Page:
Forest Farming Non-Timber Products: Opportunities and Challenges
The cultivation of understory plants and fungi for small-scale forest landowners to realize greater benefits
May 16, 2012–December 31, 1969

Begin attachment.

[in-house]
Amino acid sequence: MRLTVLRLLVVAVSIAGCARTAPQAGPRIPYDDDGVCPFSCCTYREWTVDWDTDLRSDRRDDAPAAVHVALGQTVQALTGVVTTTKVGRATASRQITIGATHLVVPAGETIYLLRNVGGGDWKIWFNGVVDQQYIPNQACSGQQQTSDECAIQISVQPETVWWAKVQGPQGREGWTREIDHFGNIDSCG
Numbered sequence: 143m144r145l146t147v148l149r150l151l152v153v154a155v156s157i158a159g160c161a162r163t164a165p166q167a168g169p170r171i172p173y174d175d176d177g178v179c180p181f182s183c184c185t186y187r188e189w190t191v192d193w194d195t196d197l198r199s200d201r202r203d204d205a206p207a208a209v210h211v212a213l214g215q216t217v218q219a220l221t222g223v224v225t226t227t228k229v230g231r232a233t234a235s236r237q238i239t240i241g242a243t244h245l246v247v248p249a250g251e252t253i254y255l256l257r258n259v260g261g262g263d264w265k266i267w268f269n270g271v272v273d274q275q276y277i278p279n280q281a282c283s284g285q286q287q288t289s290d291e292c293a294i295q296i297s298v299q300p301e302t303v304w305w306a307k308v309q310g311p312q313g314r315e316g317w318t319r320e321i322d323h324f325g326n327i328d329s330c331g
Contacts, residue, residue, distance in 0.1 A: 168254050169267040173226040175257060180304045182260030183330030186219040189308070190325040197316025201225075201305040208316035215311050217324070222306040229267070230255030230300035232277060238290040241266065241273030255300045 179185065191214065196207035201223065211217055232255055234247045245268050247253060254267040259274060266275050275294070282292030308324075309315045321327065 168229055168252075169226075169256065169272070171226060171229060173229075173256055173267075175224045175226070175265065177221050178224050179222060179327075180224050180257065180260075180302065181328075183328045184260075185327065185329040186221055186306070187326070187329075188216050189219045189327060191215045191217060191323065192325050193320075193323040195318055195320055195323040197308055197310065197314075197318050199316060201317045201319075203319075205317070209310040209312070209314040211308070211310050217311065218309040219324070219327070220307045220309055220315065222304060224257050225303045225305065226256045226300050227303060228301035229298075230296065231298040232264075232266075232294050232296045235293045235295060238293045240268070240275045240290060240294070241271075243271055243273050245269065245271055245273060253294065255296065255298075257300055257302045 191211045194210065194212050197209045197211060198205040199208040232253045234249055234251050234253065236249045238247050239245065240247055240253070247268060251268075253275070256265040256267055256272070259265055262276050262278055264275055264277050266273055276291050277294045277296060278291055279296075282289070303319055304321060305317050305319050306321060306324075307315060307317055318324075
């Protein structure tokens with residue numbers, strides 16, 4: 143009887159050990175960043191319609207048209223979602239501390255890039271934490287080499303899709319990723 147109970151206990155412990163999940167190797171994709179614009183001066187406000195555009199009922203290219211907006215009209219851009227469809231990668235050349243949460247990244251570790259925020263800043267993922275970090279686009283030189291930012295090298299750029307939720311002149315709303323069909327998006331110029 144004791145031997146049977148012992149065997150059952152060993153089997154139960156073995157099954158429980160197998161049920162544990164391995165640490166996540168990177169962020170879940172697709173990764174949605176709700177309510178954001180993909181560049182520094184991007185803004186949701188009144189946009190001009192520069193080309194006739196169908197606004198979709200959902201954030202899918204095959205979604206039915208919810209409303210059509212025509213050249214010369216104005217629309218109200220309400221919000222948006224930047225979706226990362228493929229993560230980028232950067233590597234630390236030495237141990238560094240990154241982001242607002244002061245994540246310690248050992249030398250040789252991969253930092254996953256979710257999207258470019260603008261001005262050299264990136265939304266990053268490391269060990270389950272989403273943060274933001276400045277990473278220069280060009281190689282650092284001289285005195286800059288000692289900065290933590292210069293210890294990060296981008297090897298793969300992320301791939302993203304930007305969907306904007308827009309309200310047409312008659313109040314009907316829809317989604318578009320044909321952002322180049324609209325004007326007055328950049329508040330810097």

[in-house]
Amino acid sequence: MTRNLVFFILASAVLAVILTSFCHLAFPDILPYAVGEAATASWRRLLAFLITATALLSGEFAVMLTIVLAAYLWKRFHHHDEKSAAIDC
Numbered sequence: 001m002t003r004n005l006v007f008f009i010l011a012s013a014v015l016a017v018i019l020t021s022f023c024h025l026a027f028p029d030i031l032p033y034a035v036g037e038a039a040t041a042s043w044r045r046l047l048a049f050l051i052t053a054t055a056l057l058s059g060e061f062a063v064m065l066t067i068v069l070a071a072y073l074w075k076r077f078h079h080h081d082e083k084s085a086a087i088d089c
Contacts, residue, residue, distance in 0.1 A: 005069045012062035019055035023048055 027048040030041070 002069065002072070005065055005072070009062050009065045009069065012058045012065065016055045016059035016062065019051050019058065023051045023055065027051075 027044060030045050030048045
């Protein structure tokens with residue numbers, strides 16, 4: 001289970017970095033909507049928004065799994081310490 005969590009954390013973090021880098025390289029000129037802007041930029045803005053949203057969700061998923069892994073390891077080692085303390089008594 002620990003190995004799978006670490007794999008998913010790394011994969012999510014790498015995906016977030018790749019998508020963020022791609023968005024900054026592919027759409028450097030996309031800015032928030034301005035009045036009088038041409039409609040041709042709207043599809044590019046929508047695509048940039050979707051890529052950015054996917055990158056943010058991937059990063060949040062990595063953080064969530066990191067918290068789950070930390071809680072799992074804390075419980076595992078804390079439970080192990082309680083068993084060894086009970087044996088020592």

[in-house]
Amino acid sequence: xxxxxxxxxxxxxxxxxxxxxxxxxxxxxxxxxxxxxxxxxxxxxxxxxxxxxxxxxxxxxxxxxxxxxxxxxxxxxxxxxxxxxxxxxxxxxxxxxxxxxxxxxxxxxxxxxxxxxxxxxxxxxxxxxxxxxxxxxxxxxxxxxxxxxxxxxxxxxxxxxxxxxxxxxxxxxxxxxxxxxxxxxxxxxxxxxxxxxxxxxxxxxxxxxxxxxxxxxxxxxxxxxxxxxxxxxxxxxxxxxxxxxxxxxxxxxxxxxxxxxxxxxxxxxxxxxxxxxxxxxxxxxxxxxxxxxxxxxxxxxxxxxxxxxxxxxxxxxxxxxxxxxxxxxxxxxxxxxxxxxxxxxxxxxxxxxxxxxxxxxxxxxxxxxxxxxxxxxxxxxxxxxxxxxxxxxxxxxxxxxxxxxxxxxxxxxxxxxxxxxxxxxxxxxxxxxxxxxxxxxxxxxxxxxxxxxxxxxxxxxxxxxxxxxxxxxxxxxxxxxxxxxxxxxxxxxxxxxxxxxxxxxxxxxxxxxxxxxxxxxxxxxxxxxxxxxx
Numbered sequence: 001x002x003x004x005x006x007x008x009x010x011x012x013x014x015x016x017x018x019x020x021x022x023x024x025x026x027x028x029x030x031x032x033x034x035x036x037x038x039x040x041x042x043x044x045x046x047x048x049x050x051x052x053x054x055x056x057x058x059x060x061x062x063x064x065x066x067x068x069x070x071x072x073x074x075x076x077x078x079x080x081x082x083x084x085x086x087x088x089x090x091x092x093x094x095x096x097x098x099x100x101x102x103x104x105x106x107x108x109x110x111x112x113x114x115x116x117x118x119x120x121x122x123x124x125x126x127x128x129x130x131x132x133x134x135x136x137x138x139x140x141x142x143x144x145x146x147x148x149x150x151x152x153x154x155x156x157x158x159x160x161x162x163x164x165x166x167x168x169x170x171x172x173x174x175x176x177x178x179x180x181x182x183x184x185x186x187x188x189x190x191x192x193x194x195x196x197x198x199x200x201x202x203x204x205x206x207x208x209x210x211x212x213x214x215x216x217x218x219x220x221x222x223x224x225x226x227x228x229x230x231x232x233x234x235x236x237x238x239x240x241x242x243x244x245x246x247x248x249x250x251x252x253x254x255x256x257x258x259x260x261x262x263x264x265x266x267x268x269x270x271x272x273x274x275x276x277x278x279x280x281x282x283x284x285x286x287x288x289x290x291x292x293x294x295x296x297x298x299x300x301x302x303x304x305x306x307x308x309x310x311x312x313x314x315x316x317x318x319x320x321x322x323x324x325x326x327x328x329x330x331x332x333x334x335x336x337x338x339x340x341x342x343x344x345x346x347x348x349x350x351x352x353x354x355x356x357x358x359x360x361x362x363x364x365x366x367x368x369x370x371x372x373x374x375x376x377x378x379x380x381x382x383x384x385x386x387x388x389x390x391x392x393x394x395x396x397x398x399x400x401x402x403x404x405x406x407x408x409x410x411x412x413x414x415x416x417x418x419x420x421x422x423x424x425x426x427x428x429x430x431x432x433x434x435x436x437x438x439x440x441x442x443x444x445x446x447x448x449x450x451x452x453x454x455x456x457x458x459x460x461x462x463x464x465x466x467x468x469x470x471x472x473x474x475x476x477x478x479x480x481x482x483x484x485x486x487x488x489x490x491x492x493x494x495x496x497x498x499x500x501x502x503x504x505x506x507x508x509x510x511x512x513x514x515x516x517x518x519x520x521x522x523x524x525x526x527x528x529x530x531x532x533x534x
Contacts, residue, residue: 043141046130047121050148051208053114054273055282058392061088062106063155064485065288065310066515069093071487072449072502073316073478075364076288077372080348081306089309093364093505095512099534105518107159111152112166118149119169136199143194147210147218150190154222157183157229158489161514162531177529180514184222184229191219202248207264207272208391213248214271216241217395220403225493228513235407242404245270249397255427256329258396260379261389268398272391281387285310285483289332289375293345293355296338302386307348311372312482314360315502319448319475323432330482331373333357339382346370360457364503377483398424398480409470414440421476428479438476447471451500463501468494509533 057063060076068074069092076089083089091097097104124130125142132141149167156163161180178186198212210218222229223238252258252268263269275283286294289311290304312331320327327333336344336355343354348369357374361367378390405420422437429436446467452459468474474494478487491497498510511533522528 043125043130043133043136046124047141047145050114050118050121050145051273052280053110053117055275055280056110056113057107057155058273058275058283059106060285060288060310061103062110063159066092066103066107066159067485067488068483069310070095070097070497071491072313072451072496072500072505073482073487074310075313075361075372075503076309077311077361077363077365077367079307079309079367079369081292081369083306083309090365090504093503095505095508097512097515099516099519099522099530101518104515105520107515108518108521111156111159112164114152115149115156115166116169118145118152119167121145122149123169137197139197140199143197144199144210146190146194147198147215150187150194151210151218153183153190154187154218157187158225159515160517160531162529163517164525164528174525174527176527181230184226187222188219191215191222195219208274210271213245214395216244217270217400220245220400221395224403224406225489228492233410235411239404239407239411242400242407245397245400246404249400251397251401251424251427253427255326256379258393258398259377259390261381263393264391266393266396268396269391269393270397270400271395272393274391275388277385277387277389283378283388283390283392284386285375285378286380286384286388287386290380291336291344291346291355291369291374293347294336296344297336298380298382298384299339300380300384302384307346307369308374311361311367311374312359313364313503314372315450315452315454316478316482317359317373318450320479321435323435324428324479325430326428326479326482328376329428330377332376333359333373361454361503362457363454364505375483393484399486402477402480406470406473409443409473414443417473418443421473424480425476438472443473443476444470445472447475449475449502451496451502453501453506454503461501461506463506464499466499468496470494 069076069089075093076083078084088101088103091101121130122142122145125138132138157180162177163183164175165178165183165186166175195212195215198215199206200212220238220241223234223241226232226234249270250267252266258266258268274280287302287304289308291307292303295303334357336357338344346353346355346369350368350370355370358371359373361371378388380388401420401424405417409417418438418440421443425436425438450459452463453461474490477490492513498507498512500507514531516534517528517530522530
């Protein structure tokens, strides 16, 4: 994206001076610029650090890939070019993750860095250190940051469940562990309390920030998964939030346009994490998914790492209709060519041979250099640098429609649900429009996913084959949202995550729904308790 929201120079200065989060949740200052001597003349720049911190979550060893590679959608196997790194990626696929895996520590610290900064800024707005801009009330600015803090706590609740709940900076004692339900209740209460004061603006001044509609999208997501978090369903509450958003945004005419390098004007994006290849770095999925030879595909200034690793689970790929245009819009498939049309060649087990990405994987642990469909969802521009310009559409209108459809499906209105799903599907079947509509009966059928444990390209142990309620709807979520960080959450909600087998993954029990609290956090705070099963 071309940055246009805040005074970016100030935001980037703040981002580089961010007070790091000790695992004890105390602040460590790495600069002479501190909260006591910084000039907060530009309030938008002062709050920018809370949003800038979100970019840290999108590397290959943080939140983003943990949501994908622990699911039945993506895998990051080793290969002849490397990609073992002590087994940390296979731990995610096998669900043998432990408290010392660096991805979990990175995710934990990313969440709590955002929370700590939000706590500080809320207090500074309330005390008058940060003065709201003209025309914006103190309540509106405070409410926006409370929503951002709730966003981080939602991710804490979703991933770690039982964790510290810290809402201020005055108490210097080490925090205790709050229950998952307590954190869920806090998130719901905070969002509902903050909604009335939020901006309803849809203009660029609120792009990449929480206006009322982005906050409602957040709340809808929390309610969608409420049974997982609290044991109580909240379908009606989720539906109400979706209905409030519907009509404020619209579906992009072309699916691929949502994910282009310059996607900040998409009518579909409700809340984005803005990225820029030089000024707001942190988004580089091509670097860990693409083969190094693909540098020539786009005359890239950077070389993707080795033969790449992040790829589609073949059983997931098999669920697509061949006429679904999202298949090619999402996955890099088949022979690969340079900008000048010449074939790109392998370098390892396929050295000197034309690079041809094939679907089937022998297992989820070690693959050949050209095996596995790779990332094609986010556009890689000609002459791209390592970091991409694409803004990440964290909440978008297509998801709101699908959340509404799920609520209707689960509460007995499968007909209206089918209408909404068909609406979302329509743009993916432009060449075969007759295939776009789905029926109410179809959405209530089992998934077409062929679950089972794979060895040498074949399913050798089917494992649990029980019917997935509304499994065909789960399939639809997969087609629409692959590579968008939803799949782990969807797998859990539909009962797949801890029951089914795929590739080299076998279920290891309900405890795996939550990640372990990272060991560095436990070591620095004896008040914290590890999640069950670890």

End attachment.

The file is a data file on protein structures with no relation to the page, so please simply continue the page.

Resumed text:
Forest farming, the cultivation of understory plants and fungi with economic value, may be a way for small-scale forest landowners to realize greater benefits. The forests are host of a tremendous diversity of economically important plants. Eighty percent of the land base of the Appalachian forest region is in private ownership, and the majority of this is in family forests. These holdings are typically small in size, and maintained for reasons other than timber production. A great diversity of native plant species are harvested for their value in the medicinal, culinary, craft, and other product markets. Most of the plants used for their non-timber values are harvested from the wild, with little or no consideration for the long-term impact on the natural resources. The market potential for many non-timber forest products is significant, but the economic viability of producing them through forest farming is a major challenge. Farming these valuable plants in a forest setting could reduce pressures on natural populations, increase biodiversity and forest health, while diversifying income portfolios. Yet, production methods and yield estimations are challenges that may thwart landowner efforts. Recent government initiatives, such as ‘Know-Your-Farmer, Know-Your-Food, could spur efforts to develop forest farming in the region. Efforts are needed to get forest farming recognized in future government programs, such as the next farm bill. This presentation examines opportunities for forest farming in the region, and challenges that could frustrate efforts to diversify forest operations.